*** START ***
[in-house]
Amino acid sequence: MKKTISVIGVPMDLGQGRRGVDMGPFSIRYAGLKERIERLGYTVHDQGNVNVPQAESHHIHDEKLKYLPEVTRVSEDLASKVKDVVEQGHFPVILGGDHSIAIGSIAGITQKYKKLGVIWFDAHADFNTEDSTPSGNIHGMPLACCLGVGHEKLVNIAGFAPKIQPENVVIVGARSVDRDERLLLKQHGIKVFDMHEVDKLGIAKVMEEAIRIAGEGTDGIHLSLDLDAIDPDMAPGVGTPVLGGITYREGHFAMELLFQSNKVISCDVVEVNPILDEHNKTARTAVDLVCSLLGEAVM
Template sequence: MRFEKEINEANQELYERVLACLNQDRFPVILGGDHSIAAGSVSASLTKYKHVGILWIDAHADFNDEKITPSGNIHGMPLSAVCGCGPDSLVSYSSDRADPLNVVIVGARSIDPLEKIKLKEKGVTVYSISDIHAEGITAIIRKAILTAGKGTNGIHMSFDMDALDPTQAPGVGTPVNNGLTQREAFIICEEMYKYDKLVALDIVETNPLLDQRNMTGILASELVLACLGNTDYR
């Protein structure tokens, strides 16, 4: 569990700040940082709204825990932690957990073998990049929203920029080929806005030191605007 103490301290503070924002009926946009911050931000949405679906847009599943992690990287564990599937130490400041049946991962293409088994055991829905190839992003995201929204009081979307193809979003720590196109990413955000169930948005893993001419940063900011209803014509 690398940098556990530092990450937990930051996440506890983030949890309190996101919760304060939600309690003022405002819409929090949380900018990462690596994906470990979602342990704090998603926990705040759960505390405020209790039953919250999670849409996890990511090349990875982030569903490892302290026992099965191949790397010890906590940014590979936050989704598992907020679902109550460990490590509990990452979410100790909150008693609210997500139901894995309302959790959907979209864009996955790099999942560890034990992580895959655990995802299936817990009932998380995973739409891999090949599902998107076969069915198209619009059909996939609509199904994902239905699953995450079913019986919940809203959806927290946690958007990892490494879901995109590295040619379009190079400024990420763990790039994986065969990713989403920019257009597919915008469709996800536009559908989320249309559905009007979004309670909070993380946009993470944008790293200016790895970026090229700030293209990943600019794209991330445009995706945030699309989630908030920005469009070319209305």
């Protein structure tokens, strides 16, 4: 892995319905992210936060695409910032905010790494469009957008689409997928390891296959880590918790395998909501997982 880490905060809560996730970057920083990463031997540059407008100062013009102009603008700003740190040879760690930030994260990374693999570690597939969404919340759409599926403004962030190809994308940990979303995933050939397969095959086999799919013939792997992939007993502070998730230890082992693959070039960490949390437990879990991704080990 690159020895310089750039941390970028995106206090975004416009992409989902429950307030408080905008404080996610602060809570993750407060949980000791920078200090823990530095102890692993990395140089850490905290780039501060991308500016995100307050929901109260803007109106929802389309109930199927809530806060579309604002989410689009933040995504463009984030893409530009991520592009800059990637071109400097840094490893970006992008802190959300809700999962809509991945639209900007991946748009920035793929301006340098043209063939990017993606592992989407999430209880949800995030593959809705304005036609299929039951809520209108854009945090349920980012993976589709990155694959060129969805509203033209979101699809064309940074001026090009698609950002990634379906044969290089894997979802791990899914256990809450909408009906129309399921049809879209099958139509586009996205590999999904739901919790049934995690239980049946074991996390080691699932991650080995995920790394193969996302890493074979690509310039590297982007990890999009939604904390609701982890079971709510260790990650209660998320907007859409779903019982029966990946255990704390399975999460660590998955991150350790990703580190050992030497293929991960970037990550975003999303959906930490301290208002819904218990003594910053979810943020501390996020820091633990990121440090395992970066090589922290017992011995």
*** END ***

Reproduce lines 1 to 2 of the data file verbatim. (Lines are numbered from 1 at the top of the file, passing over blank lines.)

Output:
[in-house]
Amino acid sequence: MKKTISVIGVPMDLGQGRRGVDMGPFSIRYAGLKERIERLGYTVHDQGNVNVPQAESHHIHDEKLKYLPEVTRVSEDLASKVKDVVEQGHFPVILGGDHSIAIGSIAGITQKYKKLGVIWFDAHADFNTEDSTPSGNIHGMPLACCLGVGHEKLVNIAGFAPKIQPENVVIVGARSVDRDERLLLKQHGIKVFDMHEVDKLGIAKVMEEAIRIAGEGTDGIHLSLDLDAIDPDMAPGVGTPVLGGITYREGHFAMELLFQSNKVISCDVVEVNPILDEHNKTARTAVDLVCSLLGEAVM